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I have recently started working with Drools and while writing a drl file I am facing this issue. I am creating a list of "Person" class objects and passing this list to a .drl file. Now I want to iterate the list to check for the persons (objects of class Person) having "salary" greater than some value. But since putting collections in the working memory is a bad practice, is iteration possible without doing so?

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1 Answer 1

Iteration is inherent to Drools rules. This is one of the differences between a rule and an if statement in an imperative language. The rule is going to be evaluated for each of the object (this is not 100% accurate; Drools is more intelligent than that) present in your working memory.

So, if you insert each of your persons objects as a fact in your session, you only need to have 1 rule to do what you need:

rule 'Check Person Salary'
when
    $p: Person(salary > 1000)
then
    //do whatever you want with $p
end

Each time you insert a Person object, the rule is going to be evaluated for it. If the object passes the evaluation, a new activation of that rule will be generated. When you call fireAllRules() all the activations are going to be executed: the RHS of your activated rules is going to be executed. Of course, this a roughly explanation of how Drools and the RETE algorithm work. For more precise information please refer to Drools documentation.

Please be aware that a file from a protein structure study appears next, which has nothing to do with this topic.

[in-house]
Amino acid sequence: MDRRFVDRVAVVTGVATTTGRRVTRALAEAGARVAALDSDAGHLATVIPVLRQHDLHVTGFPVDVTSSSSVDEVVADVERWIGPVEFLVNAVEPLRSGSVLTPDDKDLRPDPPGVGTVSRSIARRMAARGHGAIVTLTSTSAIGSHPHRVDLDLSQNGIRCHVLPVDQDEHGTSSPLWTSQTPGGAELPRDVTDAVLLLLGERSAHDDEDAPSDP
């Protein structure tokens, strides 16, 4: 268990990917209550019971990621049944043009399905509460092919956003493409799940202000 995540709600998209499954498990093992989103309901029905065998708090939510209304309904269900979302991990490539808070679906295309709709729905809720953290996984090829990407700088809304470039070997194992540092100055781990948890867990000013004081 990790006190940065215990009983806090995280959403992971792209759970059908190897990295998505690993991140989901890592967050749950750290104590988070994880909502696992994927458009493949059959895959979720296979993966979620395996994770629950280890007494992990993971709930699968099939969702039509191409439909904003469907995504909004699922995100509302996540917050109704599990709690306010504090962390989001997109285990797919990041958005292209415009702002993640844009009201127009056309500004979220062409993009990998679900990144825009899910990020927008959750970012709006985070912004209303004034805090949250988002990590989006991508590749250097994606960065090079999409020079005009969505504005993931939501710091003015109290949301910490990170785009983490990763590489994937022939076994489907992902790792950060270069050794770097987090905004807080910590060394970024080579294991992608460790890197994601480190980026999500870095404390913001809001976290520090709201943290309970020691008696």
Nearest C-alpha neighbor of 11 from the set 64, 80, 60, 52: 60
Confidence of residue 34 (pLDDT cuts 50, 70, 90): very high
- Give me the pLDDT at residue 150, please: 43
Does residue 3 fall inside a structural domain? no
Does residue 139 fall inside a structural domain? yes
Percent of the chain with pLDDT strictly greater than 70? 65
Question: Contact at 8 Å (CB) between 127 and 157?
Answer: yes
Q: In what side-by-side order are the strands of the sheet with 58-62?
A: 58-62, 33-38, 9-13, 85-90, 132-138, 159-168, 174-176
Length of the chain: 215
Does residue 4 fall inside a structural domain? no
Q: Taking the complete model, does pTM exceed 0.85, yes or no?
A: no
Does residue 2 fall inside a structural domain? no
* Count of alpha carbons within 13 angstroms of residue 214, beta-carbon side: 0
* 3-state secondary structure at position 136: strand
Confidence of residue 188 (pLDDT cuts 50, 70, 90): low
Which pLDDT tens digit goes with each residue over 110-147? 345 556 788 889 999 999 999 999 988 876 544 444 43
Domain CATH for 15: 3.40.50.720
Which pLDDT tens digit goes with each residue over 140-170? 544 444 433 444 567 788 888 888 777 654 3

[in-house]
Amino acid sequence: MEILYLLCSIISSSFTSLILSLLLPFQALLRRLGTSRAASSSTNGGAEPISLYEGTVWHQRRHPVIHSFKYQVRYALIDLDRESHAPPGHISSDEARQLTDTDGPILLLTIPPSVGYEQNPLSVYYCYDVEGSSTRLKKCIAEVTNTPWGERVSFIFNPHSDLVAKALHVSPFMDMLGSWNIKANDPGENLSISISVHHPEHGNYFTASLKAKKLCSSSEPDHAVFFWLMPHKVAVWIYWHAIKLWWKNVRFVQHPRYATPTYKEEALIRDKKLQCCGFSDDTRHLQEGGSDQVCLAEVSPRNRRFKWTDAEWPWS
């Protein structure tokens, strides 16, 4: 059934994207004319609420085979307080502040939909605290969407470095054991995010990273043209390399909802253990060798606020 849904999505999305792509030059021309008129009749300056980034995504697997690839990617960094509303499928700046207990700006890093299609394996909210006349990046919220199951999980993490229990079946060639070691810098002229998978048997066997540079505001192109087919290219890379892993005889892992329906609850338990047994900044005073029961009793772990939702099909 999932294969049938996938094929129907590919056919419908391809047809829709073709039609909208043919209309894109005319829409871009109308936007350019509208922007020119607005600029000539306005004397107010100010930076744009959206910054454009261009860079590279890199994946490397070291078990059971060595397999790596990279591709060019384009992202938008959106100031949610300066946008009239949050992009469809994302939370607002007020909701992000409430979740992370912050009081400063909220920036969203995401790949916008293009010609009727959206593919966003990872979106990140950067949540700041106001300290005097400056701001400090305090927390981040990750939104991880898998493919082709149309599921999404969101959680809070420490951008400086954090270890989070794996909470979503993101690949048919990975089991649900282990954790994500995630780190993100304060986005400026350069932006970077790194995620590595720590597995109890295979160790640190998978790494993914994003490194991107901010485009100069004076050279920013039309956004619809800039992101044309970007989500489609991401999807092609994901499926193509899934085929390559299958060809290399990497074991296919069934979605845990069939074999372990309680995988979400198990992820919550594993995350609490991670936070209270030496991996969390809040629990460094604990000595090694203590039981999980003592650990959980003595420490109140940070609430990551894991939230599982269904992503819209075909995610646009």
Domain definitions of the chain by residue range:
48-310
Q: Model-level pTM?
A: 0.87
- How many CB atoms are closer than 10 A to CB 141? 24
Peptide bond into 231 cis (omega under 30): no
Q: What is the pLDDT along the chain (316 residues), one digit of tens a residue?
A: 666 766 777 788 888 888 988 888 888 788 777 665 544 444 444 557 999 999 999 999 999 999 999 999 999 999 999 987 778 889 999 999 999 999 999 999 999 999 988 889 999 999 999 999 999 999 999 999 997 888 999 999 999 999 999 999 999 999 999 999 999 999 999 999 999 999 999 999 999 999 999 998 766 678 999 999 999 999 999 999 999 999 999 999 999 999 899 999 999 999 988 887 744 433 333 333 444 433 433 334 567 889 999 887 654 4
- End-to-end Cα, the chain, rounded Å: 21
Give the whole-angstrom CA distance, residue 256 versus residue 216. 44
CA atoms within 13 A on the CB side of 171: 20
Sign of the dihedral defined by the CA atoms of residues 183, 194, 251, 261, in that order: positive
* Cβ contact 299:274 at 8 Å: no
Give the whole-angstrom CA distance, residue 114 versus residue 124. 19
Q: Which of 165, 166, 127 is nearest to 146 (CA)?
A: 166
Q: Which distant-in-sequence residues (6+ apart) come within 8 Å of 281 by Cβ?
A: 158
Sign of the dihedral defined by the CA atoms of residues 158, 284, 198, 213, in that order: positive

Hope it helps,

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Thanks a lot Esteban. Now suppose I insert a list of Person objects instead of a single Person object at a time (as you explained). Is it possible to iterate this list for individual elements and apply rules on the elements without placing the list in the working memory? –  user2323379 Apr 26 '13 at 11:55
    
If you don't want to place the list in the working memory, then you must iterate in your java code and do an insert() call for each of its elements. –  Esteban Aliverti Apr 26 '13 at 12:46
    
OK..got it. Thank you Esteban. –  user2323379 Apr 29 '13 at 5:48

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